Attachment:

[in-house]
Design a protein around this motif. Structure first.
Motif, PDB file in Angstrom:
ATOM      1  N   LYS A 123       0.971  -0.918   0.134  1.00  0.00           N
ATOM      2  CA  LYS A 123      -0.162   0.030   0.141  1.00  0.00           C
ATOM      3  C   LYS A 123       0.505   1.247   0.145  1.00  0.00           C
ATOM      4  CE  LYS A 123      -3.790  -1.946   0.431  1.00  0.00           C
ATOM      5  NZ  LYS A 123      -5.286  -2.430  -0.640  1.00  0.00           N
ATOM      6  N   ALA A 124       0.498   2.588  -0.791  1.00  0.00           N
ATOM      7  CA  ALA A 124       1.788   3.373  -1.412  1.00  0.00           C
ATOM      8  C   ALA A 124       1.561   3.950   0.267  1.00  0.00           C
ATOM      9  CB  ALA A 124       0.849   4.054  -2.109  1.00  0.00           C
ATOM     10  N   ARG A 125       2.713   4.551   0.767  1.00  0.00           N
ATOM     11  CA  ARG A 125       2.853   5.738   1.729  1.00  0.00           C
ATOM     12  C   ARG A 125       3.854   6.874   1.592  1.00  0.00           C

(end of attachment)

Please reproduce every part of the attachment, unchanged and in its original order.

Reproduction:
[in-house]
Design a protein around this motif. Structure first.
Motif, PDB file in Angstrom:
ATOM      1  N   LYS A 123       0.971  -0.918   0.134  1.00  0.00           N
ATOM      2  CA  LYS A 123      -0.162   0.030   0.141  1.00  0.00           C
ATOM      3  C   LYS A 123       0.505   1.247   0.145  1.00  0.00           C
ATOM      4  CE  LYS A 123      -3.790  -1.946   0.431  1.00  0.00           C
ATOM      5  NZ  LYS A 123      -5.286  -2.430  -0.640  1.00  0.00           N
ATOM      6  N   ALA A 124       0.498   2.588  -0.791  1.00  0.00           N
ATOM      7  CA  ALA A 124       1.788   3.373  -1.412  1.00  0.00           C
ATOM      8  C   ALA A 124       1.561   3.950   0.267  1.00  0.00           C
ATOM      9  CB  ALA A 124       0.849   4.054  -2.109  1.00  0.00           C
ATOM     10  N   ARG A 125       2.713   4.551   0.767  1.00  0.00           N
ATOM     11  CA  ARG A 125       2.853   5.738   1.729  1.00  0.00           C
ATOM     12  C   ARG A 125       3.854   6.874   1.592  1.00  0.00           C